There wasn’t a pigeon left in the city. Not a rat. People were hungry. People died. Bricks were laid.

A couple celebrating an anniversary walk over a mother who sold her wedding ring for a slice of bread; a tipsy woman clips her heel over the child who ate it.

It’s a placid night.

“The bones act up just before the rain,” J says as we walk down Nevsky prospect. He has neat hair and a clean sweater.

We pass a pair walking awkwardly arm-over-shoulder. The girl slips a little, the man catches her. They giggle.

“There are people alive who remember the names of these bones,” J says, motioning to the bricks passing beneath us. “Look, you can see, the bricks are wet.”

I look up, the sky is fattening itself up. I look down, he is right. I frown.


He shrugs. “No one knows.”

“Tears,” I suggest, “or maybe sweat?”

J shakes his head, thoughtfully. “Not sweat,” he says. “Winters were colder back then.”

I shudder. “Huh–but, no, I meant why are there so many dead people here?”

J gives me a remonstrative look. “You don’t know The Siege of Leningrad? One of the longest sieges in history.”

I shake my head, looking down at the stones. “A siege, like, everyone was trapped here?”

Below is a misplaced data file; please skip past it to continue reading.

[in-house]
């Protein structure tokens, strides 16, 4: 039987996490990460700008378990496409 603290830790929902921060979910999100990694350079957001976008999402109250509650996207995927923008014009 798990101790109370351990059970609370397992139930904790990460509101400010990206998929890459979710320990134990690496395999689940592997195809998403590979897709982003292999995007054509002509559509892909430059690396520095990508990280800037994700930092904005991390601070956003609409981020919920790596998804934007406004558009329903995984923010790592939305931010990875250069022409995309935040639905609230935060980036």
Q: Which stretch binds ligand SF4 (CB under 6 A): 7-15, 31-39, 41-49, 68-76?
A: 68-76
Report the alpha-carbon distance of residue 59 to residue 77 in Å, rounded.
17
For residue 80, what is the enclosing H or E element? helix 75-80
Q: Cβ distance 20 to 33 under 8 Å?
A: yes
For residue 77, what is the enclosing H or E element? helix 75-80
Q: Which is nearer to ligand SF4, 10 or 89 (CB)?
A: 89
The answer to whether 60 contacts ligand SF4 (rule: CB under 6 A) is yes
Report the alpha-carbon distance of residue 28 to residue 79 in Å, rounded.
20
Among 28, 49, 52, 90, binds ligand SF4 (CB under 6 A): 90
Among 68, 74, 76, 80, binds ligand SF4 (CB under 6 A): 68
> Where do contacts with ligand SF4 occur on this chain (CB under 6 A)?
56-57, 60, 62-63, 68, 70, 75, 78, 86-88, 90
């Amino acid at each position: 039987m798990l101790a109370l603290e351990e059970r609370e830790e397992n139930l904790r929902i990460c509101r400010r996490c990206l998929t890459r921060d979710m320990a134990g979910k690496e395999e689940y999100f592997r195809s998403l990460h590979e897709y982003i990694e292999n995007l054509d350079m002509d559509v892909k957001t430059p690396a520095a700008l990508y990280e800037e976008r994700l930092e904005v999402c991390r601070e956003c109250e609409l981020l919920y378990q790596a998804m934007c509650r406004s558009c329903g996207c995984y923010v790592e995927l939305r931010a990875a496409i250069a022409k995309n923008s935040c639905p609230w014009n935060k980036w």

J nods. “Three years,” he says. “People could take their piano out to buy a half kilo of bread. That was in the beginning. Then, they could only get– what is less than a kilo?”

He asks, fishing for the word.


He nods, “Yes, then only a few hundred grams. And even then, it was mostly made of wallpaper and glue.”

“Damn,” I mutter.

“Yes, damn.” He nods. “History tells us a lot—“

J stops to dodge a flyer being passed out by a man in a wizard costume. I automatically hold out my hand and take it.

“Girls, Girls, Girls!” it offers, in English.

I put it in the garbage.

“History tells us a lot about people,” J says, “why they do what they do, what they might do if it happens again.”

He looks around suspiciously at the passers-by. I follow his gaze to a young woman with pink hair. She is browsing the street with what modernity has dubbed a bitch-face.

“We’ll all probably die,” I say, with little commitment. J smiles at me.

“I am an optimist, I do not want to die.”

I think about it a moment. I shrug. “Me either. But, probably.”

J looks at me, then down at his feet. “Yeah, yes, probably.” He sighs.

We walk faster as the rain begins.

A Writer and an artist living in Russia

7 Comment on “Leningrad Before and After it Rains

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